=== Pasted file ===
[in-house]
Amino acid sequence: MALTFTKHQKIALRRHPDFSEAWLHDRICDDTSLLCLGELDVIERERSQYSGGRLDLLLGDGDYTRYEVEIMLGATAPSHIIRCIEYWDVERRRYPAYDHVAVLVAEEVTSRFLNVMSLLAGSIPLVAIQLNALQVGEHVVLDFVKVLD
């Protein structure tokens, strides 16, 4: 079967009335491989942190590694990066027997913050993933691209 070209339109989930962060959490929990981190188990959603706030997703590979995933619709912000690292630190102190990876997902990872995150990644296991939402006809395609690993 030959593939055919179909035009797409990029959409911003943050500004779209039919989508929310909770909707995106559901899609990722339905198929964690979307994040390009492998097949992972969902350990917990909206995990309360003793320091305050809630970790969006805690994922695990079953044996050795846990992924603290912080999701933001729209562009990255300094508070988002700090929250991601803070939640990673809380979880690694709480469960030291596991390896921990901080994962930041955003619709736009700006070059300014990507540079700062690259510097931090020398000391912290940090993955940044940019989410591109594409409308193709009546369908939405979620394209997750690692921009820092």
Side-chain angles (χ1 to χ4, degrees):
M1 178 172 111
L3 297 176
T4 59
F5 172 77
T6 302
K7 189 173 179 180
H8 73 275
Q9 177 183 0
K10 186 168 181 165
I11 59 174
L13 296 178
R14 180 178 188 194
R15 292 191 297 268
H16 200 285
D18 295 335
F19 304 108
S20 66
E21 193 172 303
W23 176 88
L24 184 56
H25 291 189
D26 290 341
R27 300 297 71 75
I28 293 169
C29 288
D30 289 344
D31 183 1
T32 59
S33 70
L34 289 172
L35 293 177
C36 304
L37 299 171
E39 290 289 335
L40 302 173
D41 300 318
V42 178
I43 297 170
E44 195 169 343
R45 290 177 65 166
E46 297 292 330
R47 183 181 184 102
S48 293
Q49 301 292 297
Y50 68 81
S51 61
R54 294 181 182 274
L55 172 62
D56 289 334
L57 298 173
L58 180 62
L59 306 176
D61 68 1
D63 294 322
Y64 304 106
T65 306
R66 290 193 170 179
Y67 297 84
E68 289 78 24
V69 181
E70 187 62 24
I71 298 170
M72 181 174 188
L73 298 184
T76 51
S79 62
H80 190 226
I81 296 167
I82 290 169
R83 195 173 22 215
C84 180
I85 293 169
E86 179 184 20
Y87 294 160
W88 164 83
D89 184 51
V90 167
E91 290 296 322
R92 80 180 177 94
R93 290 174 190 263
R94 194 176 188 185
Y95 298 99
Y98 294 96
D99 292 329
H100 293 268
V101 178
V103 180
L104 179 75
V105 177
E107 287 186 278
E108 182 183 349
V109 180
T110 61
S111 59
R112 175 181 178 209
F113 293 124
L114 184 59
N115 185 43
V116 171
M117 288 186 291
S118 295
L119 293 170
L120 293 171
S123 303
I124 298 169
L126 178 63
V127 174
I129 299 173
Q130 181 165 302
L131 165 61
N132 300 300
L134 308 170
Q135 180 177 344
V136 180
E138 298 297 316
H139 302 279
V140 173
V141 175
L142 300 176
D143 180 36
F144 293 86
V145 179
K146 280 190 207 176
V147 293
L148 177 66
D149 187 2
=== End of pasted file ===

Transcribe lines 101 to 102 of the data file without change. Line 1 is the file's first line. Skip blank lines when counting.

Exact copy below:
L114 184 59
N115 185 43